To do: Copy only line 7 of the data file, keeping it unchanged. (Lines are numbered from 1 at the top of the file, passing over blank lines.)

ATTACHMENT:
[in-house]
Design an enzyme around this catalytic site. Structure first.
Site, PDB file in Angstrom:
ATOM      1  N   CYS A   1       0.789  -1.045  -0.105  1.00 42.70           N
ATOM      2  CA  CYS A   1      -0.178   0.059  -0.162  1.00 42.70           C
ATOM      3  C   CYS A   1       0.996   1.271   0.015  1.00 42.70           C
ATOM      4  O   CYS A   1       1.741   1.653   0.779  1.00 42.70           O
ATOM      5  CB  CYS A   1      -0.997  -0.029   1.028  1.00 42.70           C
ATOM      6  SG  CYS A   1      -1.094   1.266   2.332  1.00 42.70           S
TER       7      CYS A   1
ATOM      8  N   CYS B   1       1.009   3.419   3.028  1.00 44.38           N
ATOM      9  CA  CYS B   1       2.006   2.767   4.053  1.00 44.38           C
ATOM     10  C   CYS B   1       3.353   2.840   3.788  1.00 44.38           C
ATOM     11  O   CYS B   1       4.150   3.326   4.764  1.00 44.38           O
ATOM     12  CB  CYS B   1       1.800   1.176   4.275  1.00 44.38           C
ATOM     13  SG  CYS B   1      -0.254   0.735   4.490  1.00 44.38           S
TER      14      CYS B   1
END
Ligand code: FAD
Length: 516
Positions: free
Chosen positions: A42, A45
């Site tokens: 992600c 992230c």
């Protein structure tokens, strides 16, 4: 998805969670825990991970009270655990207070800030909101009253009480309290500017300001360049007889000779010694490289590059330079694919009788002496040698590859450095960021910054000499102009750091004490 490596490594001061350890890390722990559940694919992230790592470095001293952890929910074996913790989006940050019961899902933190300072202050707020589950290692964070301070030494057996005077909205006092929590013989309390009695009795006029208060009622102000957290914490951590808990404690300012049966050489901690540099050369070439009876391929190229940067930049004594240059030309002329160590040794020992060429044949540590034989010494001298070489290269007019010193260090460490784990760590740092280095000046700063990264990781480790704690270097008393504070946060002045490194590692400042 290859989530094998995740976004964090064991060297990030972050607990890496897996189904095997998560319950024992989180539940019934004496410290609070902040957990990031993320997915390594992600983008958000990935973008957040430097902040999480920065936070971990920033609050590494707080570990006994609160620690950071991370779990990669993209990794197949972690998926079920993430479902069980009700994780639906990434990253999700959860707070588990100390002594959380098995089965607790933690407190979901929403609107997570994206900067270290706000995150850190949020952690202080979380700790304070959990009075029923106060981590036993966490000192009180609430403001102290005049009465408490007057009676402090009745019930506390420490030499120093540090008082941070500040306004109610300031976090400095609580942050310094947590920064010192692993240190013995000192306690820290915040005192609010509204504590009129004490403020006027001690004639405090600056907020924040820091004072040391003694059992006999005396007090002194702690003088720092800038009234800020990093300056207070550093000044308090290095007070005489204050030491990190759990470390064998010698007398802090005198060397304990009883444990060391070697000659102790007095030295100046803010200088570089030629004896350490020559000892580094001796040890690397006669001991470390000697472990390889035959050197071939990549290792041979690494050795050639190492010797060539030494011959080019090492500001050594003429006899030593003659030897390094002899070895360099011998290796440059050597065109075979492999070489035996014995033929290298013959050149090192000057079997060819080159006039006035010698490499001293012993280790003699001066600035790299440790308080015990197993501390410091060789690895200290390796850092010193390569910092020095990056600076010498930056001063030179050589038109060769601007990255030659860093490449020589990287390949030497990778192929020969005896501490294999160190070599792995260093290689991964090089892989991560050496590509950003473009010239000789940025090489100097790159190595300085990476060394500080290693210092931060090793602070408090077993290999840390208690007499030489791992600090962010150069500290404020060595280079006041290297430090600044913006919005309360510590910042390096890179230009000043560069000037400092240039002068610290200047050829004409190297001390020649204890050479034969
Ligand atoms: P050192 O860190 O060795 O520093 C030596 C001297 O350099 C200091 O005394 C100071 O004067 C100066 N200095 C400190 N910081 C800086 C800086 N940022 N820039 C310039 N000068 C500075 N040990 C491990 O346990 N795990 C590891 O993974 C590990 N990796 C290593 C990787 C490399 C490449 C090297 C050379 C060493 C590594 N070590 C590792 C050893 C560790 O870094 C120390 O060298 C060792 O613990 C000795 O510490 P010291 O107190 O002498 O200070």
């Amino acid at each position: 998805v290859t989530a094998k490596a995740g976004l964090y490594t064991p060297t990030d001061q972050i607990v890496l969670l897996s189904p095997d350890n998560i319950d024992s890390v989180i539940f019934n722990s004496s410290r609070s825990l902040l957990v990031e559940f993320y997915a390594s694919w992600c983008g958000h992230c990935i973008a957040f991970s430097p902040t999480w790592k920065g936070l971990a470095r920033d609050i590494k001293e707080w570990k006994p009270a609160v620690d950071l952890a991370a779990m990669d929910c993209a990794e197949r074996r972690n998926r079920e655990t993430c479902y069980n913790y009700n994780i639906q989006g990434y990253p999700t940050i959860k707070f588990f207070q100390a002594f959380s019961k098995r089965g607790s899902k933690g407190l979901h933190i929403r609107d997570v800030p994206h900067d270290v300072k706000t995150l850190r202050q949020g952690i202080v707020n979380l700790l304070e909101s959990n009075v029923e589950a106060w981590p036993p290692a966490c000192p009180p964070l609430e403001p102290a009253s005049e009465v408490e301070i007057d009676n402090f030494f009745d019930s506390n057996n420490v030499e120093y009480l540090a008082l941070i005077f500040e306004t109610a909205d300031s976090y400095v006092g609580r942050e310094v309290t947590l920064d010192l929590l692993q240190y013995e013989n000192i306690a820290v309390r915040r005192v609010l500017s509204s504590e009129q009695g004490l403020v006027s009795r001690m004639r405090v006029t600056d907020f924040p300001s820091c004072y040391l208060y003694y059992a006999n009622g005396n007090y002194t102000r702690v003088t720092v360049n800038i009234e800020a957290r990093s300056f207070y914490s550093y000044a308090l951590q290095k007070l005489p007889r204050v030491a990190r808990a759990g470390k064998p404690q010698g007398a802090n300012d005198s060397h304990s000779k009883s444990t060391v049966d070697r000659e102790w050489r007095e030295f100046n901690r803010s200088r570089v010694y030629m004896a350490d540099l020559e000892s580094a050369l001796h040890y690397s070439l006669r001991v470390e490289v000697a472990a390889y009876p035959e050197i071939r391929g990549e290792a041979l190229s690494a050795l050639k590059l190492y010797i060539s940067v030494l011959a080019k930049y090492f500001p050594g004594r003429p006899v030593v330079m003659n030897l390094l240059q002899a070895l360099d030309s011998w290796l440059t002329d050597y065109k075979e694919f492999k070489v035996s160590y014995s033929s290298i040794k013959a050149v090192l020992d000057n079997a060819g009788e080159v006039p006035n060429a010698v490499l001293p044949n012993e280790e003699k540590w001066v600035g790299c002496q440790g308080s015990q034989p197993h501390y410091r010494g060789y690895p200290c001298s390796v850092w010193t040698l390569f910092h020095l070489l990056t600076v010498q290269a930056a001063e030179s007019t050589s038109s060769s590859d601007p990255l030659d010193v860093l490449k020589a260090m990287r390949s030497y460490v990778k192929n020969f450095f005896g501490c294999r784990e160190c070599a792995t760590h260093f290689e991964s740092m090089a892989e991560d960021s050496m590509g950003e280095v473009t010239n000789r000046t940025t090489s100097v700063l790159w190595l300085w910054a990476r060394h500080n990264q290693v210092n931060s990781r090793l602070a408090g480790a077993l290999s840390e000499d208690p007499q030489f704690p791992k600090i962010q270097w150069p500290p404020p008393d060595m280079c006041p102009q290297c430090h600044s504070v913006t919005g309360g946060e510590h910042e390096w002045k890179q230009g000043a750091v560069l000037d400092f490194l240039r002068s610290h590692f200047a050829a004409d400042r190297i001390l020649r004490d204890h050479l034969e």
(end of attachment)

ATOM      4  O   CYS A   1       1.741   1.653   0.779  1.00 42.70           O